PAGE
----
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New Conceptual Insights into Diesel Engine Fuel-Injection Processes

By combining advanced theory and high-fidelity large eddy simulation, Combustion Research Facility (CRF) researchers Rainer Dahms and Joe Oefelein (both in 8351) have provided new conceptual insights that promise to improve the understanding and prediction of fuel-injection processes in high-pressure diesel engine conditions. Their results, which experiments performed by CRF researchers Lyle Pickett and Julien Manin (both in 8362) corroborated, have demonstrated that under certain high-pressure conditions the distinct interface between the injected liquid and ambient gas vanishes.

Regime diagram (left) for n-dodecane injected into nitrogen at various ambient pressure and temperature conditions. The diagram suggests dense-fluid jet presence (grey region) under diesel-engine conditions (highlighted area) without drop formation. Classical spray processes (white region) do not necessarily apply at such conditions. High-speed imaging (right) of both a dense-fluid jet (top) and a spray (bottom) corroborates the theory.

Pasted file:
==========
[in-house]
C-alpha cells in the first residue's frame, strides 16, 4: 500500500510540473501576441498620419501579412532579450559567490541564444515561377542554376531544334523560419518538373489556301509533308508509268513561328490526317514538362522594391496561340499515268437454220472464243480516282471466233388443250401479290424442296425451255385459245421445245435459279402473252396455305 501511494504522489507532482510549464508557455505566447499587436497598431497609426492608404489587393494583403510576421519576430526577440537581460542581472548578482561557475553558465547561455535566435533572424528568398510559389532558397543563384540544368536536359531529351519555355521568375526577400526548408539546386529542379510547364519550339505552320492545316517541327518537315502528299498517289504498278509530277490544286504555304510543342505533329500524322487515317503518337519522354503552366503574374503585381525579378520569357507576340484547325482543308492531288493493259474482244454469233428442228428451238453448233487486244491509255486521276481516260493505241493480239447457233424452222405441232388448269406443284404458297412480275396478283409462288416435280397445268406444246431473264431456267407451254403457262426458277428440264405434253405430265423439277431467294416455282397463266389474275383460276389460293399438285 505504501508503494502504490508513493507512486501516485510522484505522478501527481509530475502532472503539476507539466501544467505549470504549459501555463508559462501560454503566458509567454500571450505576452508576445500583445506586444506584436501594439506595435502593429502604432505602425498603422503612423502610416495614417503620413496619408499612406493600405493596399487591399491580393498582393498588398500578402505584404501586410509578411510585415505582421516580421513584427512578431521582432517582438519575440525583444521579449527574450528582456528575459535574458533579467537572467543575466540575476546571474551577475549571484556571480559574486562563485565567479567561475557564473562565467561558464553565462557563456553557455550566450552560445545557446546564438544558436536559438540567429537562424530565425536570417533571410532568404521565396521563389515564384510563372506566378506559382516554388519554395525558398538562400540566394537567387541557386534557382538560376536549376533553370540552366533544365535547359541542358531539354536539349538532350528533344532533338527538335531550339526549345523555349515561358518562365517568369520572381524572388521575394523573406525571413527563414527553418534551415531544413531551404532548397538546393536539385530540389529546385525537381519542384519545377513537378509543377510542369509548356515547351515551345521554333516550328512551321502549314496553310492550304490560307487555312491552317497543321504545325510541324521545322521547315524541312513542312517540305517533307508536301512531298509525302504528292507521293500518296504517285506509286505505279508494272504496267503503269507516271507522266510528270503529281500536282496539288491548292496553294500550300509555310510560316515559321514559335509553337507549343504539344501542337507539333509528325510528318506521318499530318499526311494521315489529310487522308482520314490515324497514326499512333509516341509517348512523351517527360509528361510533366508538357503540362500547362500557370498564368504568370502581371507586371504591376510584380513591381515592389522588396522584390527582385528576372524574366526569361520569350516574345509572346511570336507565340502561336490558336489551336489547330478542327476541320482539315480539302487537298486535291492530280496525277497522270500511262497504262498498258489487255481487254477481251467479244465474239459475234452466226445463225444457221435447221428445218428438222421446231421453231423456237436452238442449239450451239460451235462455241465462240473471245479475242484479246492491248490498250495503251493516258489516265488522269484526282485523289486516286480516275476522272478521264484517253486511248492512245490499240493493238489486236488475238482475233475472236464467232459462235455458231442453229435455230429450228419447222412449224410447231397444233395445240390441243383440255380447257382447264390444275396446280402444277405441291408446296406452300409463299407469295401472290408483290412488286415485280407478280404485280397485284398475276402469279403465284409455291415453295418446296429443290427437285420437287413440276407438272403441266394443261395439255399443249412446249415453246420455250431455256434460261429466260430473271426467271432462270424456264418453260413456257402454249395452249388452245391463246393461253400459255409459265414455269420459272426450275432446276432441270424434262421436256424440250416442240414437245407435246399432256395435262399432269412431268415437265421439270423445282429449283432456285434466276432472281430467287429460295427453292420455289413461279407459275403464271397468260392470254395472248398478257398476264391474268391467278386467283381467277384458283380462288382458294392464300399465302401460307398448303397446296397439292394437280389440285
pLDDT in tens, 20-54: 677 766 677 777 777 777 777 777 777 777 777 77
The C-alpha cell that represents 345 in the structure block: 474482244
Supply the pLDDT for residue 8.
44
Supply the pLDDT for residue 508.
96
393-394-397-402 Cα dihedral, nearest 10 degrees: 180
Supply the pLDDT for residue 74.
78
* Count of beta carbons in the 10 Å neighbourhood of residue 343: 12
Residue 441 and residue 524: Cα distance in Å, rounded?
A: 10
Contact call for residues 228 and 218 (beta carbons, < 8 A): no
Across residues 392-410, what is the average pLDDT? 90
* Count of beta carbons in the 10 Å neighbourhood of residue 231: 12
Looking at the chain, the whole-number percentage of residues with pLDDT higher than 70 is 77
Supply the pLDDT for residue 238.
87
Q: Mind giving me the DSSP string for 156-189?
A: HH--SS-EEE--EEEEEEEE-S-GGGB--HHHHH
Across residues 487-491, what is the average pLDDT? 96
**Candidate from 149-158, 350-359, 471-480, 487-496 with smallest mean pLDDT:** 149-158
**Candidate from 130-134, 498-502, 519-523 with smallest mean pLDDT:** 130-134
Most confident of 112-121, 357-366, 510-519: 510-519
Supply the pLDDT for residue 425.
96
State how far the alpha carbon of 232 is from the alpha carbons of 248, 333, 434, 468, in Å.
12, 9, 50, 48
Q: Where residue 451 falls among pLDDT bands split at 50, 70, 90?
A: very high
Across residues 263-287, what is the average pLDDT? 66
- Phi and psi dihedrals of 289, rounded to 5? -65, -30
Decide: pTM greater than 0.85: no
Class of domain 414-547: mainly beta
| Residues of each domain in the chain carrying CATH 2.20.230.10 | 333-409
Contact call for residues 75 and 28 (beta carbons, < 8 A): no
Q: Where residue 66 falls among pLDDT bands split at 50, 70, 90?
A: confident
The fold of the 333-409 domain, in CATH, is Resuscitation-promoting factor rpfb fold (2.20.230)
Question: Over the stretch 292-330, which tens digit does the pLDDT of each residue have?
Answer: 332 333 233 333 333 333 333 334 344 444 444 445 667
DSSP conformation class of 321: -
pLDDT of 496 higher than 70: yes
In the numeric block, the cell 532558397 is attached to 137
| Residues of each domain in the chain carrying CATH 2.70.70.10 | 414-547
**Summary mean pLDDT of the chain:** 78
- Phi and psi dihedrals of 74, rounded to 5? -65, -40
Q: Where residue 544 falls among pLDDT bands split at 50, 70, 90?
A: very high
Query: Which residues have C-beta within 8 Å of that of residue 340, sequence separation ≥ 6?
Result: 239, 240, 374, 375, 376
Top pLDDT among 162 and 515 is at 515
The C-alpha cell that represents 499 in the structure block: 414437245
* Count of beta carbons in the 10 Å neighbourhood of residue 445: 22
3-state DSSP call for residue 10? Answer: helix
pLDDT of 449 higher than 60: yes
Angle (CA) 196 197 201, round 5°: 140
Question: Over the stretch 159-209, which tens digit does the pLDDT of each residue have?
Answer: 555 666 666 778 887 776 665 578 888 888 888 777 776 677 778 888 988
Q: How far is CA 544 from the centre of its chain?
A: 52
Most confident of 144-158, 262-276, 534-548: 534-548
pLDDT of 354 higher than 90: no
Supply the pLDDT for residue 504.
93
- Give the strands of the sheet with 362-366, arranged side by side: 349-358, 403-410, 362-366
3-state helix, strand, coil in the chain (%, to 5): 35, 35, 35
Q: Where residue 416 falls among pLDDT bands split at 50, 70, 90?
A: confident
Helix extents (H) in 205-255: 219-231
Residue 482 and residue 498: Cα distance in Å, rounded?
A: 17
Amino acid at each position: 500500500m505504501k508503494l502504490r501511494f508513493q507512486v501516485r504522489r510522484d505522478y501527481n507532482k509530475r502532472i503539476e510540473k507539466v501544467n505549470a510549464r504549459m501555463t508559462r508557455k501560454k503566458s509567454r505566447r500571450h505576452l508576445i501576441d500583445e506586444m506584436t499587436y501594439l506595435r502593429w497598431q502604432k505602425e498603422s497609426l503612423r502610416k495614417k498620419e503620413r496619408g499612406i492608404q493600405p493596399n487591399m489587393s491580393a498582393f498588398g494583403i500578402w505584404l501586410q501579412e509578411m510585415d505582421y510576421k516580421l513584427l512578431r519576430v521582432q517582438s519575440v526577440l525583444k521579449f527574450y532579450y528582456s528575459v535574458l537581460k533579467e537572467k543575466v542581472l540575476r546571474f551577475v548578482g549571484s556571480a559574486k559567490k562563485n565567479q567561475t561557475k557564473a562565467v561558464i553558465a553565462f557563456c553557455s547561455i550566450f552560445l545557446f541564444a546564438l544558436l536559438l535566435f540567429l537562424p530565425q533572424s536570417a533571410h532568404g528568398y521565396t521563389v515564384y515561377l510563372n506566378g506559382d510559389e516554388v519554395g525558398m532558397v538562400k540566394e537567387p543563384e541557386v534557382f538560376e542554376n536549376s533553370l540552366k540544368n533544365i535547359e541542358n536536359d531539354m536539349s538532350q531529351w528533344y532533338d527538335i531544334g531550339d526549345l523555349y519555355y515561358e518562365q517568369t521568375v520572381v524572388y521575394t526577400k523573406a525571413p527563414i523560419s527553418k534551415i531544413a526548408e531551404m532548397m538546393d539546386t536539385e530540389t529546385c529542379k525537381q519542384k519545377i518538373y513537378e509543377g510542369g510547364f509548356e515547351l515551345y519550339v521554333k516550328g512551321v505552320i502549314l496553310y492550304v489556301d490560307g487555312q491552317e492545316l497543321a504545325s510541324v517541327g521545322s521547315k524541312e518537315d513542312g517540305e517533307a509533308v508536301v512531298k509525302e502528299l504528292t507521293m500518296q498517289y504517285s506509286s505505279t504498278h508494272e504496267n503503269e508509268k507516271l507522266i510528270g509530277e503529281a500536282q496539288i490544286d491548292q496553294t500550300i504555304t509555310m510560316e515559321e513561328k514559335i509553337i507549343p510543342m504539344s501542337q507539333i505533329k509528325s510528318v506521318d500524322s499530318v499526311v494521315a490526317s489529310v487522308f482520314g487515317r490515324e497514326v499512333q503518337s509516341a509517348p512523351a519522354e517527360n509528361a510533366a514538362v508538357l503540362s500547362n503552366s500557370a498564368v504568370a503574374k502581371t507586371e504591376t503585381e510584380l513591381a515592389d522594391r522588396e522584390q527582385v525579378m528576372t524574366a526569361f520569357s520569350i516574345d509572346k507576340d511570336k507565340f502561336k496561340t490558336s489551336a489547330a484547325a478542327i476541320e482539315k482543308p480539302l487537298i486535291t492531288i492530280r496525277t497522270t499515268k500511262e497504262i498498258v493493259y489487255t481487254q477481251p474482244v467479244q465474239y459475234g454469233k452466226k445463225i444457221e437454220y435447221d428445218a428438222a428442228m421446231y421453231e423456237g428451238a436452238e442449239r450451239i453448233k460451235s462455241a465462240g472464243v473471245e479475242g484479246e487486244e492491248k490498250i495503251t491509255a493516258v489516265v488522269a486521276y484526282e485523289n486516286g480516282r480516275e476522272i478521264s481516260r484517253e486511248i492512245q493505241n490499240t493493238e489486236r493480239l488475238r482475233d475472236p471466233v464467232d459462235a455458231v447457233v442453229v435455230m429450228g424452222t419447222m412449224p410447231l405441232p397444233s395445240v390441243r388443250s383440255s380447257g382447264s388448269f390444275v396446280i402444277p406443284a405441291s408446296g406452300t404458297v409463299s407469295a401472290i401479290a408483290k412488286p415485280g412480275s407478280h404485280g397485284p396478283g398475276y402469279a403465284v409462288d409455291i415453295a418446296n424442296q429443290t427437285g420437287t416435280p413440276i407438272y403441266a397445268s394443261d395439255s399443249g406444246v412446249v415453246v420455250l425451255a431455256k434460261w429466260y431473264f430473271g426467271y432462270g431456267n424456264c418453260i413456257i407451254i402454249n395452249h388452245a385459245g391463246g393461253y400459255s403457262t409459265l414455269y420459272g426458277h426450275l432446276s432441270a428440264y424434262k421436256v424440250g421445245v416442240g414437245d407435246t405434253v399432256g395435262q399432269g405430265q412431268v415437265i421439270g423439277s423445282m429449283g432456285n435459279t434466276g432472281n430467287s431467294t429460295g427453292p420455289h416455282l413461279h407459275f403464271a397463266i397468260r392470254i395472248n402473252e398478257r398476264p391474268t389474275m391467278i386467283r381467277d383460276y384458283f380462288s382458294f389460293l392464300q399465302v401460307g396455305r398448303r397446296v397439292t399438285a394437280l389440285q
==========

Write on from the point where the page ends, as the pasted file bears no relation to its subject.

Regime diagram (left) for n-dodecane injected into nitrogen at various ambient pressure and temperature conditions. The diagram suggests dense-fluid jet presence (grey region) under diesel-engine conditions (highlighted area) without drop formation. Classical spray processes (white region) do not necessarily apply at such conditions. High-speed imaging (right) of both a dense-fluid jet (top) and a spray (bottom) corroborates the theory.

Their result suggests that, contrary to conventional wisdom, classical spray phenomena do not occur under typical diesel-engine injection conditions. Instead, fuel is injected as a dense-fluid jet with diminished surface-tension forces leading to diffusion-dominated mixing dynamics—the injected fuel evolves without droplet formation or evaporation, raising questions about the validity of widely applied spray atomization models for such high-pressure conditions. This new conceptual insight should prove important to refining predictive combustion and emissions models, which could ultimately be used to design cleaner, more efficient diesel engines.

Read the full article in CRF News.

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